Back to Blog Home

What Is Love?

Category: Counseling, Marriage, Relationships

What is love? One of the reasons many of us do not experience love to the fullest, it because we do not truly know what is real love.

In this month that holds Valentine’s Day, red roses fly off the florist shelf, date nights abound, candies and notes fall into the decorated boxes of elementary school children, and loved ones sign cards full of adoring thoughts and promises. Why? Because we celebrate love!


Love. Definitely something we all want to receive, and many of us believe we have much to give. But when it comes to people and relationships, love is often the one thing we find so lacking. Whether counseling the couple whose marriage is in flames, the woman struggling in her friendships, the man wrestling with a poor relationship with his father, the family facing the “battle of the in-laws,” or the parent and child cold war . . . as counselors, we often observe that love is the most sought after yet key missing ingredient in our relationships.

One of the reasons many of us do not experience love to the fullest, it because we do not truly know what is real love. What is love? So often, love is mistaken for the warm feelings that are experienced in response to another person. We define love as the intense attraction or deep affection for someone else. And while these descriptions may describe love, they do not fully define love. Love often involves these wonderful feelings, yes. But love is so much more.

10 This is real love—not that we loved God, but that he loved us and sent his Son as a sacrifice to take away our sins. (1 John 4:8-10, NLT)

God Himself is the author, originator and source of love. God is love. (1 John 4:8) Real love starts with receiving the real love of God. Love underserving. Love unprovoked by our acts of adoration or affection. Love that did not wait for us to love Him first. Love.

In counseling others and in our own personal lives, we must always point to the love relationship with God made possible through Jesus Christ. When asked about the most important commandment in the Bible, Jesus responded with these words . . .

37 Jesus replied, “‘You must love the Lord your God with all your heart, all your soul, and all your mind.’ 38 This is the first and greatest commandment. (Matthew 22:37-38, NLT)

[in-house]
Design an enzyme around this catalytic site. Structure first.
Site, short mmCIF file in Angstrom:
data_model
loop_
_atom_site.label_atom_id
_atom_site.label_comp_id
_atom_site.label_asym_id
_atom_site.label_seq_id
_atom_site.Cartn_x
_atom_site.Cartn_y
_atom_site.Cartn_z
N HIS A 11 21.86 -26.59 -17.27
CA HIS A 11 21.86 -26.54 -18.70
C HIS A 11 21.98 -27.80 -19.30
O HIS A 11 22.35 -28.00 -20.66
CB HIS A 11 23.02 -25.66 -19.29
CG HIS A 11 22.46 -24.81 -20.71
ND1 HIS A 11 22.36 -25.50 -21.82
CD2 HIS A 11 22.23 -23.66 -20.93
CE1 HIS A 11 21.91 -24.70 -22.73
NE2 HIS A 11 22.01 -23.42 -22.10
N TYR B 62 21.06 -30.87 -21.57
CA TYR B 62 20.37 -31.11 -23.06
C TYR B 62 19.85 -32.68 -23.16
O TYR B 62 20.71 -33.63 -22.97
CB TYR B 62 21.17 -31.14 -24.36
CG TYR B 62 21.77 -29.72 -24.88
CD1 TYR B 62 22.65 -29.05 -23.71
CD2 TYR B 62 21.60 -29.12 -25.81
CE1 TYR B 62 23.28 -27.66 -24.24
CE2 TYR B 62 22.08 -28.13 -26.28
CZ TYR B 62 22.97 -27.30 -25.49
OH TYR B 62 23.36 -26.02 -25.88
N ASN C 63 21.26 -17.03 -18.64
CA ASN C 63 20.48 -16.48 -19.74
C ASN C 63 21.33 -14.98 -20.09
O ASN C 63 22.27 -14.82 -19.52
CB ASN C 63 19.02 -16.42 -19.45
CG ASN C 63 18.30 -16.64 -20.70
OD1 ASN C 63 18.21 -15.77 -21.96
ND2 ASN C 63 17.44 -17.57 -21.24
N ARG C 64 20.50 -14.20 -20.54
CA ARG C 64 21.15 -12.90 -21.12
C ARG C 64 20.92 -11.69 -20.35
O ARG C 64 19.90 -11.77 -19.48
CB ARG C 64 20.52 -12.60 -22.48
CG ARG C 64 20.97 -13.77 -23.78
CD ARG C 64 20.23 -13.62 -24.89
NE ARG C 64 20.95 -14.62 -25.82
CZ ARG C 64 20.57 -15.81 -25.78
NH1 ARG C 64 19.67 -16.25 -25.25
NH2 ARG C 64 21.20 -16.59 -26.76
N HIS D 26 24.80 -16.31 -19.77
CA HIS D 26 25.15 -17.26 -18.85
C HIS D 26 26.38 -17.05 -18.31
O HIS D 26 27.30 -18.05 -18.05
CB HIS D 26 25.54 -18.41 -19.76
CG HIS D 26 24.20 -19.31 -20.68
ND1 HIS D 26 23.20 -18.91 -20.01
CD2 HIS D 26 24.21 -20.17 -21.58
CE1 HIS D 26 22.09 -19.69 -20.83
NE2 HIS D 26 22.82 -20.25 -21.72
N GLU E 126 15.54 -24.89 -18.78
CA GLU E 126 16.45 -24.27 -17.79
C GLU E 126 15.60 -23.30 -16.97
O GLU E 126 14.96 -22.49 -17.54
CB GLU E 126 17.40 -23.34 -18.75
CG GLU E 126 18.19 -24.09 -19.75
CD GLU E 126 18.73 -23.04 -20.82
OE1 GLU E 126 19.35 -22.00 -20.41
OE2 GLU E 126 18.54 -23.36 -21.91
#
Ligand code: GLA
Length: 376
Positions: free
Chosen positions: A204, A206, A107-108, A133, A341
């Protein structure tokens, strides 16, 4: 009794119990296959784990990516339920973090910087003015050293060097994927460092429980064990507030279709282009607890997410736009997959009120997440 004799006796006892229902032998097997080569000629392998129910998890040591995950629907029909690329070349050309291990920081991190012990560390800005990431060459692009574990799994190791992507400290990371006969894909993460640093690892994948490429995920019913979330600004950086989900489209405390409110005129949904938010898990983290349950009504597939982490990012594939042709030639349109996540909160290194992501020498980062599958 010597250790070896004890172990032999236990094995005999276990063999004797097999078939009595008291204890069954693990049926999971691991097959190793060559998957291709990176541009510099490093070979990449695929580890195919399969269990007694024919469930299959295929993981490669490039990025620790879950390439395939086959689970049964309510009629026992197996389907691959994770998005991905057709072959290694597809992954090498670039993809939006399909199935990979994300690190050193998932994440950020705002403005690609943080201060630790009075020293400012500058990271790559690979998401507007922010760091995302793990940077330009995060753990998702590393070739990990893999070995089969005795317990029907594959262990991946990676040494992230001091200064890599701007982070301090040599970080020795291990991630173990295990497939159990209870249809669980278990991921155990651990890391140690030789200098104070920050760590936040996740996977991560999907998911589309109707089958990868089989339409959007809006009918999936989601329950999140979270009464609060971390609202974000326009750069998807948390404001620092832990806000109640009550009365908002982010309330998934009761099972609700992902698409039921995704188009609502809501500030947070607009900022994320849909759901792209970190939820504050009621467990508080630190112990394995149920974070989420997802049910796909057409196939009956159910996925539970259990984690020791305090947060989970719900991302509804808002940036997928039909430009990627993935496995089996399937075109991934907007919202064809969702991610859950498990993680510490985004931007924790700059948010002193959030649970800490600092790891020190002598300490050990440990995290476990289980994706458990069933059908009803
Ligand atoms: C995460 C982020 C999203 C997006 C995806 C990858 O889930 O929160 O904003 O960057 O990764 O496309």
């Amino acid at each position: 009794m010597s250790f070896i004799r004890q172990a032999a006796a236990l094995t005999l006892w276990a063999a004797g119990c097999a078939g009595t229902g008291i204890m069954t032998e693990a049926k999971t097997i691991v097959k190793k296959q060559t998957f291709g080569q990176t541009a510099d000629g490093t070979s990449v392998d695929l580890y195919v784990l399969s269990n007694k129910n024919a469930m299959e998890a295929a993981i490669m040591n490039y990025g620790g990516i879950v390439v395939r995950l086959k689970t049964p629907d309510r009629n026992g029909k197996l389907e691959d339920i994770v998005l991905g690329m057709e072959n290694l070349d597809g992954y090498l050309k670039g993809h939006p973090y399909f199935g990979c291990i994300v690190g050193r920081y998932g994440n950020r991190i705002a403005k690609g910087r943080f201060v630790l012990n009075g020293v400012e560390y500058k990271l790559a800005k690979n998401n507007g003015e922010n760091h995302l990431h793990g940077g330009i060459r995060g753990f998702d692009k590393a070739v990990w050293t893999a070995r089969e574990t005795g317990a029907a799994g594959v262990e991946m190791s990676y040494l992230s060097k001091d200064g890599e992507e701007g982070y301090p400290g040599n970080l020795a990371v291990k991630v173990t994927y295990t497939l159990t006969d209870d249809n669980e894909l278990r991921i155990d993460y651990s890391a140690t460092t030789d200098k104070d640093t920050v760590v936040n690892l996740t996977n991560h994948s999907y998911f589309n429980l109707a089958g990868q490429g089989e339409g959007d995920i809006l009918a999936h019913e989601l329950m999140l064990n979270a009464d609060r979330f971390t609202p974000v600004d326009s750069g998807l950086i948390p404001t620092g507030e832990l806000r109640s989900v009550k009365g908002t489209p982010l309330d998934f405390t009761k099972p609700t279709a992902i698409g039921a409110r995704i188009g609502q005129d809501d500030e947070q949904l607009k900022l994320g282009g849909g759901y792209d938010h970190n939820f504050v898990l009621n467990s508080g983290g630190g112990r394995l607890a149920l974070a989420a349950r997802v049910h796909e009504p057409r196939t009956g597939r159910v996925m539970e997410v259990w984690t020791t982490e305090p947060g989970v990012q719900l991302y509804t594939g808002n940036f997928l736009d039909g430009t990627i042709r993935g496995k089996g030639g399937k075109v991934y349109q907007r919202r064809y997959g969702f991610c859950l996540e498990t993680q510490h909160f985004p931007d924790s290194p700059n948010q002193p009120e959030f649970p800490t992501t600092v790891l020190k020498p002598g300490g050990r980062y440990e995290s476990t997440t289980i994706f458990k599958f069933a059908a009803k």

Most every couple that finds themselves in my counseling office will here me say these words, “If you’re number one goal is your relationship, then you will most likely not experience success in your goal. If you’re number one goal is your relationship with Jesus, then your relationship with one another is already on its way to more than you could ask or imagine.” This is not churchy language or attempts at super spirituality. This is simply true. First things must stay first.

While God is serious and committed to our love relationship with Him, He holds equally important our love relationships with one another.

A second is equally important: ‘Love your neighbor as yourself.’ (Matthew 22:39, NLT)

“Your neighbor” means anyone close to you. If God is the source of love, then it only makes sense that we must be connected to God to experience true love in our relationships with others. Out of our love relationship with God, love flows into every other relationship in life. As we seek to love and be loved by others, we must own the love we give to those around us. As counselors we must help those we counsel to embrace their God-given responsibility to love your neighbor. Perhaps the best love grid to apply to most every encounter and interaction is found in this definition . . .

Love is patient and kind. Love is not jealous or boastful or proud 5 or rude. It does not demand its own way. It is not irritable, and it keeps no record of being wronged. 6 It does not rejoice about injustice but rejoices whenever the truth wins out. 7 Love never gives up, never loses faith, is always hopeful, and endures through every circumstance. (1 Corinthians 13:4-7, NLT) 

When I spoke, were my words kind? Am I holding a grudge? When I gossiped about her shortcomings, was that love or something else? When I spoke harshly to my spouse, was that patience or impatience? When she disappointed me, did I simply cut off the friendship? Did I push my agenda, or did I think of his preference? We must ask ourselves these questions. We must lead those we counsel to ask themselves these questions.

These questions and more ultimately fall under the two most important questions we can ask ourselves on a daily basis: 1) Am I loving God in this moment? 2) Am I loving the person I am with in this moment?

When, through the power of the Holy Spirit, we can confidently answer “Yes!” to these two questions, we are well on our way to experiencing the richness of real love.

Susan Thomas is a Licensed Professional Counselor, specializing in Marriage and Women’s Counseling, and a Plenary Session Speaker at this year’s ABC National Conference at Irving Bible Church in DFW. She and her husband, Brandon, planted Keystone Church in Keller in the Fall of 2004, where they live with their 4 children.

Posted on February 14, 2017